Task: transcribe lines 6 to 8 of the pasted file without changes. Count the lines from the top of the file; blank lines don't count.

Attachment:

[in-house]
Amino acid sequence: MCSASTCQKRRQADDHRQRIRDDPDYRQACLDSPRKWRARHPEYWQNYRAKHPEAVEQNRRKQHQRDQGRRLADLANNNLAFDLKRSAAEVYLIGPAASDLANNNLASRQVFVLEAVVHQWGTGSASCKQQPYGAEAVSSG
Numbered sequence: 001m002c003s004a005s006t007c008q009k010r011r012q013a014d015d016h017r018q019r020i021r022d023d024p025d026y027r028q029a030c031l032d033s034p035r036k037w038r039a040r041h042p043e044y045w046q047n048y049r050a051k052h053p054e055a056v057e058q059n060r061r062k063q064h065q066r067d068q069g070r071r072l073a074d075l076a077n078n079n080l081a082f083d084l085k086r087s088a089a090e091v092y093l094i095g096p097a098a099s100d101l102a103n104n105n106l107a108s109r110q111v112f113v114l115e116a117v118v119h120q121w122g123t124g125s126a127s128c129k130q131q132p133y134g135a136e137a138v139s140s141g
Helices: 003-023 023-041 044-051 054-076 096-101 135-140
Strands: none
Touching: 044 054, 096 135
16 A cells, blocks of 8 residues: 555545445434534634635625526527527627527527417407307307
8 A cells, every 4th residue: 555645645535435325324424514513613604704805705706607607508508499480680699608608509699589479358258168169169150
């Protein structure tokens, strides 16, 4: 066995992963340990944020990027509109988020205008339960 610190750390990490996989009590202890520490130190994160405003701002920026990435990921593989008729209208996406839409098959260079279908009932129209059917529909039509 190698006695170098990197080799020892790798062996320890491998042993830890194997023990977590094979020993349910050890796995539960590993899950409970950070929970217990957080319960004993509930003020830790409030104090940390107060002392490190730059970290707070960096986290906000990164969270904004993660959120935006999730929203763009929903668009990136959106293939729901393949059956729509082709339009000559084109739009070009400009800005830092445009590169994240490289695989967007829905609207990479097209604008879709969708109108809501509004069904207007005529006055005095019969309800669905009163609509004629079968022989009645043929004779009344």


Touching: 044 054, 096 135
16 A cells, blocks of 8 residues: 555545445434534634635625526527527627527527417407307307
8 A cells, every 4th residue: 555645645535435325324424514513613604704805705706607607508508499480680699608608509699589479358258168169169150